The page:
Gov. Jan Brewer said Tuesday that nothing in the death of Trayvon Martin or the acquittal of George Zimmerman of murder charges gives her second thoughts about signing Arizona’s own “stand your ground’’ law.
“The Zimmerman trial was heart-wrenching because it was a terrible tragedy that should never have happened,’’ Brewer said in her first public comments since the acquittal this past weekend.
“It did happen,” she continued. “And justice took its place.”
But the governor said the incident does not taint the whole concept behind the statute.
“I support ‘stand your own ground,’” she said.
“I think it’s important,” Brewer continued. “I think it’s a constitutional right.”
The essence of Zimmerman’s defense was that he felt in danger. That was coupled with Florida law which says those who feel threatened with great bodily harm have no duty to retreat.
More to the point, they are entitled to “meet force with force, including deadly force,” if the person reasonably believes that is necessary to prevent death or great bodily harm to self or other, or prevent the commission of a forcible felony.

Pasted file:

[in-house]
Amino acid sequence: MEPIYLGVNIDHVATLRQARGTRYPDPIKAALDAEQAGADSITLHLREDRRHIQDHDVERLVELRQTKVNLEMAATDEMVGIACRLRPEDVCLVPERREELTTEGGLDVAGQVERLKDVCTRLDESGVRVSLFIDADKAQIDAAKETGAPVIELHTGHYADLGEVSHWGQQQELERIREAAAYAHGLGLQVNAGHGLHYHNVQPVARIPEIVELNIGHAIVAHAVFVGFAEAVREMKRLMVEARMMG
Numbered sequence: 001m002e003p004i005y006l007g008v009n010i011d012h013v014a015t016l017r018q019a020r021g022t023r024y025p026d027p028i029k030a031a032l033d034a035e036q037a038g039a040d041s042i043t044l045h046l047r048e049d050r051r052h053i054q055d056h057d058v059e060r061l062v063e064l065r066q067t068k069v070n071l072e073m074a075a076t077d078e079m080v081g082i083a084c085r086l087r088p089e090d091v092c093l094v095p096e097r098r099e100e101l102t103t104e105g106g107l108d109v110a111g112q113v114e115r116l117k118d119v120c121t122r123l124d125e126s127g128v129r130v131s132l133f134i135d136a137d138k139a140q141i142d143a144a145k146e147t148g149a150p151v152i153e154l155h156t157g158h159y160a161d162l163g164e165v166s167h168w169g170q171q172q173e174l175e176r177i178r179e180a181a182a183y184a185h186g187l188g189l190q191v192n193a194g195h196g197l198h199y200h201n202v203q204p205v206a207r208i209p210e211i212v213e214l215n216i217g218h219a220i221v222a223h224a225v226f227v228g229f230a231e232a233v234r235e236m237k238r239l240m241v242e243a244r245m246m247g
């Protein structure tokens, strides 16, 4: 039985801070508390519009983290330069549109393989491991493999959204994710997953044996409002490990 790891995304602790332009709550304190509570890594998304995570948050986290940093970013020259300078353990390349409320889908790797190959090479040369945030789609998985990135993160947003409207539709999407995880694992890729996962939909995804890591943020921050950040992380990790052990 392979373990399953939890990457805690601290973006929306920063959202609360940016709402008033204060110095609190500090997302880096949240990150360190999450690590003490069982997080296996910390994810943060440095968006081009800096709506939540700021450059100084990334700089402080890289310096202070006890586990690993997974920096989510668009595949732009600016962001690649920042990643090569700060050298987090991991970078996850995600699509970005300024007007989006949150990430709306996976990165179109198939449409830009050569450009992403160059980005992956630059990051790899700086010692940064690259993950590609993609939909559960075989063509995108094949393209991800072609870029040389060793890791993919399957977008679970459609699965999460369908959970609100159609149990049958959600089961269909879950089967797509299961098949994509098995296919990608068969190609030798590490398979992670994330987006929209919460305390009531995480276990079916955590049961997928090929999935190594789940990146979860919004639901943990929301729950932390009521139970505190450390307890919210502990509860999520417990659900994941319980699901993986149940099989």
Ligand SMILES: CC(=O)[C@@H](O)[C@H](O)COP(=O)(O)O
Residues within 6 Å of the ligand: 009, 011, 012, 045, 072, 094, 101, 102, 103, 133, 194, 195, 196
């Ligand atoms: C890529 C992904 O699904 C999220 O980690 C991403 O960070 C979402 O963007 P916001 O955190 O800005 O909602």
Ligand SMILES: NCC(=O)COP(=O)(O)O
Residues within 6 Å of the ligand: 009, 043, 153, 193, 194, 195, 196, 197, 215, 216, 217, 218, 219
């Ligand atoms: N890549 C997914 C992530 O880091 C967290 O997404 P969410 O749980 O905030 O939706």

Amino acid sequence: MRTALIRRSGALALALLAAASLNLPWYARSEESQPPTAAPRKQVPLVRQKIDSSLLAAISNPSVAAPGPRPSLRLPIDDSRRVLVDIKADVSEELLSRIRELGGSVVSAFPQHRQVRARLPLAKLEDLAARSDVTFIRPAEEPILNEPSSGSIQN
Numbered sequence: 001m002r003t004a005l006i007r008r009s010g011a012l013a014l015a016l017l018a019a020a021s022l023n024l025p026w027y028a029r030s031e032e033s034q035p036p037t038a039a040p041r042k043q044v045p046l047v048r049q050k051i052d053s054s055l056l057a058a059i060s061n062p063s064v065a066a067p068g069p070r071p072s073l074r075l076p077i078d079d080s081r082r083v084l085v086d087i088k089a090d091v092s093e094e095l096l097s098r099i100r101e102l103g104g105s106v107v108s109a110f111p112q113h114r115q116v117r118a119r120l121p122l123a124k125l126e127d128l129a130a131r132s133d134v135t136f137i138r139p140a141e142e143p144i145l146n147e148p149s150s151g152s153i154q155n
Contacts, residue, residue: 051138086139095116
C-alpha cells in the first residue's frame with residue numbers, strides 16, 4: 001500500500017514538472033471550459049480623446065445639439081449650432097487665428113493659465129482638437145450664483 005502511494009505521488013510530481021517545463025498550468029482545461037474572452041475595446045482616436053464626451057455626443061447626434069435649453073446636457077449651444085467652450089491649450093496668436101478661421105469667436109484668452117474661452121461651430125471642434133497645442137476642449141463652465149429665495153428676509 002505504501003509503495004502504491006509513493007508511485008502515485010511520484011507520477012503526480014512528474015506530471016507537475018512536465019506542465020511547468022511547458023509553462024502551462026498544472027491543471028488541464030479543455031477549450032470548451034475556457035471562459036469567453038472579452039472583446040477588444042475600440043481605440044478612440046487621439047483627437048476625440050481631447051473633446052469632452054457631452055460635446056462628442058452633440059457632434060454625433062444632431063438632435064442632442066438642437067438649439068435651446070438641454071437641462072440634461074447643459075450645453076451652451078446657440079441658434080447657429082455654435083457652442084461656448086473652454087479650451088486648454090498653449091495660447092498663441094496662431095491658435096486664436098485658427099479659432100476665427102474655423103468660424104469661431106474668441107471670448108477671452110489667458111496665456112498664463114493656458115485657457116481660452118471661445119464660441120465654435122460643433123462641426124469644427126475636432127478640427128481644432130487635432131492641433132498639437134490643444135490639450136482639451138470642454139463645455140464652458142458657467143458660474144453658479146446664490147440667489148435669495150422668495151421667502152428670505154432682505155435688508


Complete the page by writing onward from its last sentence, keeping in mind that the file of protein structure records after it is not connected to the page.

Arizona’s version is somewhat more restrictive than the Florida statute.
It says there is no duty to retreat before threatening or using deadly physical force “if the person is in a place where the person may legally be and is not engaged in an unlawful act.”
But the language is paired with other laws which say that right to remain and fight is linked to someone else’s use or threatened use of deadly physical force. Bodily harm or preventing a felony are not justification.
Brewer said she does not see law allowing people to stand their ground as promoting situations where individuals purposely follow someone, leading to the incident, as testimony showed Zimmerman had done.
“I think anybody that, I mean, anybody that has a gun and has a right to carry it, that they would be very judicious in their actions and careful,” she said. And Brewer said it’s wrong to blame what happened in Florida on the statute.
“Those kinds of things could happen even if you didn’t have those laws,” the governor said.
The Arizona law was not introduced as separate legislation but tacked on to another unrelated measure dealing with guns near the end of the 2010 session.
Members of the Senate Judiciary Committee approved it after a 20-second promotion from a gun-rights lobbyist. And not a single legislator spoke out against it at any point.